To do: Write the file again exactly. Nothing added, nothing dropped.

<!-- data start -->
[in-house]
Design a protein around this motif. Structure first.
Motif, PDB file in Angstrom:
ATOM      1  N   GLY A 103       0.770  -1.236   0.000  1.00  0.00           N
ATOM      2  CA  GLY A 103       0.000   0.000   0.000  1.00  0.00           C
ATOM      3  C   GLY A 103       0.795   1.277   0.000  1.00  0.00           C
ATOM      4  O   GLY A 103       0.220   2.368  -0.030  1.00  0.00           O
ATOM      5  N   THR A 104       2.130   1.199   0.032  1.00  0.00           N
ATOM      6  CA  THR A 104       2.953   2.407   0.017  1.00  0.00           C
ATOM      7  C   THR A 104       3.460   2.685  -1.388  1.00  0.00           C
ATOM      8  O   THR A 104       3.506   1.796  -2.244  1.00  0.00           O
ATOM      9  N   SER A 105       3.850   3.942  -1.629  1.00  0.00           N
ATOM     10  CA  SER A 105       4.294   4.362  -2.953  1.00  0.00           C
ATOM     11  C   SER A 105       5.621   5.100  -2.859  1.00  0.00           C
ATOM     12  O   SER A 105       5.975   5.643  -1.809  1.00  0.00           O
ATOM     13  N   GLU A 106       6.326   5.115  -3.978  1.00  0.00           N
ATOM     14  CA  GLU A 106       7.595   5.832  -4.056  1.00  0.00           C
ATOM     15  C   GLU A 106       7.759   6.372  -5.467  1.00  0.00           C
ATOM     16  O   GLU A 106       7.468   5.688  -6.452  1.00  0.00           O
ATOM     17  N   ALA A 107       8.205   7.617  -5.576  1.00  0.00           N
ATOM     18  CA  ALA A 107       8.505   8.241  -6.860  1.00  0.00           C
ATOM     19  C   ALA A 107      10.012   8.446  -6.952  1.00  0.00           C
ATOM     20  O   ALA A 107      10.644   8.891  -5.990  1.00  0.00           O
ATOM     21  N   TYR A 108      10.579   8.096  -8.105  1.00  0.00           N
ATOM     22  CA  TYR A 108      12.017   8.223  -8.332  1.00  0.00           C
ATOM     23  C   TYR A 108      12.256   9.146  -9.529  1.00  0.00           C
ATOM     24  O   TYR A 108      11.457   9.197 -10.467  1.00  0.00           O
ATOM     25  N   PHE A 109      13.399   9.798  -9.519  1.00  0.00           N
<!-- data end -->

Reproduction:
[in-house]
Design a protein around this motif. Structure first.
Motif, PDB file in Angstrom:
ATOM      1  N   GLY A 103       0.770  -1.236   0.000  1.00  0.00           N
ATOM      2  CA  GLY A 103       0.000   0.000   0.000  1.00  0.00           C
ATOM      3  C   GLY A 103       0.795   1.277   0.000  1.00  0.00           C
ATOM      4  O   GLY A 103       0.220   2.368  -0.030  1.00  0.00           O
ATOM      5  N   THR A 104       2.130   1.199   0.032  1.00  0.00           N
ATOM      6  CA  THR A 104       2.953   2.407   0.017  1.00  0.00           C
ATOM      7  C   THR A 104       3.460   2.685  -1.388  1.00  0.00           C
ATOM      8  O   THR A 104       3.506   1.796  -2.244  1.00  0.00           O
ATOM      9  N   SER A 105       3.850   3.942  -1.629  1.00  0.00           N
ATOM     10  CA  SER A 105       4.294   4.362  -2.953  1.00  0.00           C
ATOM     11  C   SER A 105       5.621   5.100  -2.859  1.00  0.00           C
ATOM     12  O   SER A 105       5.975   5.643  -1.809  1.00  0.00           O
ATOM     13  N   GLU A 106       6.326   5.115  -3.978  1.00  0.00           N
ATOM     14  CA  GLU A 106       7.595   5.832  -4.056  1.00  0.00           C
ATOM     15  C   GLU A 106       7.759   6.372  -5.467  1.00  0.00           C
ATOM     16  O   GLU A 106       7.468   5.688  -6.452  1.00  0.00           O
ATOM     17  N   ALA A 107       8.205   7.617  -5.576  1.00  0.00           N
ATOM     18  CA  ALA A 107       8.505   8.241  -6.860  1.00  0.00           C
ATOM     19  C   ALA A 107      10.012   8.446  -6.952  1.00  0.00           C
ATOM     20  O   ALA A 107      10.644   8.891  -5.990  1.00  0.00           O
ATOM     21  N   TYR A 108      10.579   8.096  -8.105  1.00  0.00           N
ATOM     22  CA  TYR A 108      12.017   8.223  -8.332  1.00  0.00           C
ATOM     23  C   TYR A 108      12.256   9.146  -9.529  1.00  0.00           C
ATOM     24  O   TYR A 108      11.457   9.197 -10.467  1.00  0.00           O
ATOM     25  N   PHE A 109      13.399   9.798  -9.519  1.00  0.00           N